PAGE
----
I remembered this question today when I visited Angkor Wat. The place was full and half the time you are trying to avoid not being in someones photo and the other half waitng for someone to get out of your photo. This was definitely a time to put it away. I went from being frustrated to enjoying it emensly.
This is just me and this may not "fit" for you. I take hundreds of photos on every trip I take. On just my digital camera I have over 90000 on the PC and to start with there were many more. I delete all the ones that are not interesting or poor quality. Even with the number I take I always see a photo on the internet and I remark "I was there" but failed to take a picture. I carry three cameras with me on most trips, a Nikon D-80, a Sony Cool Pix I can put in my pocket and a spy pen in my shirt pocket provided my shirt has a pocket.
For me the trouble with taking to many photo's is that when you return home you tend to use the photo two dimensional still as your memory rather than pictures your mind has remembered.
I thought it might be time to revive this thread. Now that we have photo of the week and many of our front page bloggers seem to be expert photographers I thought it would be nice to hear other views on the subject.
For us a camera has become one of our appendages. We rarely go out without one. The minute you do....if seems you find something you want to take a photo at.
We have found our balance between taking photos and putting the camera away to enjoy the beauty, surroundings and people around us. It did take a little while to find the right balance.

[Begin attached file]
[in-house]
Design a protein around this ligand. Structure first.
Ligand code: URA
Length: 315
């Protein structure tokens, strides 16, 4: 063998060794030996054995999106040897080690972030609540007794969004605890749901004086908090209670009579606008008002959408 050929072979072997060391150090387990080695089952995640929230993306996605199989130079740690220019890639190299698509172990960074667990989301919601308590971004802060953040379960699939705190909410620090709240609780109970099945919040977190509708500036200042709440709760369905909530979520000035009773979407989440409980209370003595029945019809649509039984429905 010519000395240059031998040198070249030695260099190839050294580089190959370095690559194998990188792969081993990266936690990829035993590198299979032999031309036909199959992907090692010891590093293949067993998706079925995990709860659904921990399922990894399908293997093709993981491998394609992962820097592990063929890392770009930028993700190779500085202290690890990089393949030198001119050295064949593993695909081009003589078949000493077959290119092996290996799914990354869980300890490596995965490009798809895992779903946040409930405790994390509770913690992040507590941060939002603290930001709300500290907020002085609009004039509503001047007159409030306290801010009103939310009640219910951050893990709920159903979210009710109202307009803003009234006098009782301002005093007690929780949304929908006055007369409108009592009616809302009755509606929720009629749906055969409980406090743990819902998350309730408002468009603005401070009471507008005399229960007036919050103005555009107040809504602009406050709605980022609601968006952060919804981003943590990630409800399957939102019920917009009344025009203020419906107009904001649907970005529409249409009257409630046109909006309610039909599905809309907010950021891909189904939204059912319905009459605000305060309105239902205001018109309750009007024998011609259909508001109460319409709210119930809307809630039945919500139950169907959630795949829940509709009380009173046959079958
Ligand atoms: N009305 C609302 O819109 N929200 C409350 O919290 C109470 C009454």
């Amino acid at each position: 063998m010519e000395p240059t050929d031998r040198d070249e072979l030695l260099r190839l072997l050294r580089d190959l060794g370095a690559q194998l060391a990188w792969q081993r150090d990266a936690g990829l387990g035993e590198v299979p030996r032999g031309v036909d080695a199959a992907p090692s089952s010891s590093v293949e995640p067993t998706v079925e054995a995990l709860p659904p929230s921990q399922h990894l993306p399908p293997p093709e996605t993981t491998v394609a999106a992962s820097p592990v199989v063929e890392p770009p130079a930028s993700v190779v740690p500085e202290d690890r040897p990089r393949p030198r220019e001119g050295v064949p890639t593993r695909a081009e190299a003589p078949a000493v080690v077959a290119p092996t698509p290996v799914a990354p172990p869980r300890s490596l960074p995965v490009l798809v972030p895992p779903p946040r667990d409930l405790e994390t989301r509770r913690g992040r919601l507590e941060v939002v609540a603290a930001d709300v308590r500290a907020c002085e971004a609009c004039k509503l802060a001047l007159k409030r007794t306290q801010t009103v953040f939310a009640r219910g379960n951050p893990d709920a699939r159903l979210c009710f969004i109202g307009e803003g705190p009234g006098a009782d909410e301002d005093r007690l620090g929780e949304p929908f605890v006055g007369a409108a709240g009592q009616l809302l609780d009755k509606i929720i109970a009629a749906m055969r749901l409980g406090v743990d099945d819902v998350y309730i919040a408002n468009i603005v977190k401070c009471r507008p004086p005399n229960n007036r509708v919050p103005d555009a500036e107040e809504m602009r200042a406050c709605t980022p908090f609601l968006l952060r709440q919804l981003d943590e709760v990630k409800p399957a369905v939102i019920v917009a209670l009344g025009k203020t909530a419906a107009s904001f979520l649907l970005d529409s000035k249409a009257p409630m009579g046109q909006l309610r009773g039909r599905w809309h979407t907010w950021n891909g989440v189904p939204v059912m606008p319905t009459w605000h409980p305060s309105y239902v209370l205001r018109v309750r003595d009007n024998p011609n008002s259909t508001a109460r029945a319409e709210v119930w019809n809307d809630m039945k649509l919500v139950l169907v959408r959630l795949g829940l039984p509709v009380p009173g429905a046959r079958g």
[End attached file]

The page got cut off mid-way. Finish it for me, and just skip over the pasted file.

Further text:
We currently have the Nikon D90 but are thinking of upgrading. We are very happy with the Nikon and will stick with that brand. Although, there are other quality cameras out there.
We often take multiple photos of something to see how we can get the best angle and lighting. Recently when we were in Morocco and this photo was taken. Afterwards, Mohammed commented on the fact that we took many photos. He said most people just take one or two of him pouring the tea.
Seeking other comments.
While I like taking photos with a tiny point and shoot (no thinking involved), it's really the experience of being in a place that grabs me. I love the sights, sounds, wind/sun on my skin and the feeling of a place. It's only after I've experienced something/someone/a place that I'll bother with a photo.
I've often experienced something fleeting that I've recorded in the cells of my being and looked over to see someone glued to their eyepiece who perhaps got a great photo, but missed the experience. But then again, they had a photo that they could share with the world. My camera was purloined about 8 months ago, so I've been recording images into my body (and feeling free).
Tara, as you say everyone has to find "their" balance and what is good for them.
My recent experience at the Cat Stevens concert has made me think of this again. We were asked not to take photos and in respect to Cat I only took one illegal photo. I'm not opposed to 'forbidden" photography in most cases, well museums, not so much religious ceremonies. At the Cat Stevens concert photography was heavily monitored. Many people took photos and videos but I must admit it was distracting. (a bit)
My eyes we glued to the stage but I was aware of all the cameras in the dark theatre.
I can't say that taking photos has stopped me from appreciating the world around me. There are times when my camera is an extension of my body and it opens my eyes to things I might have missed without it.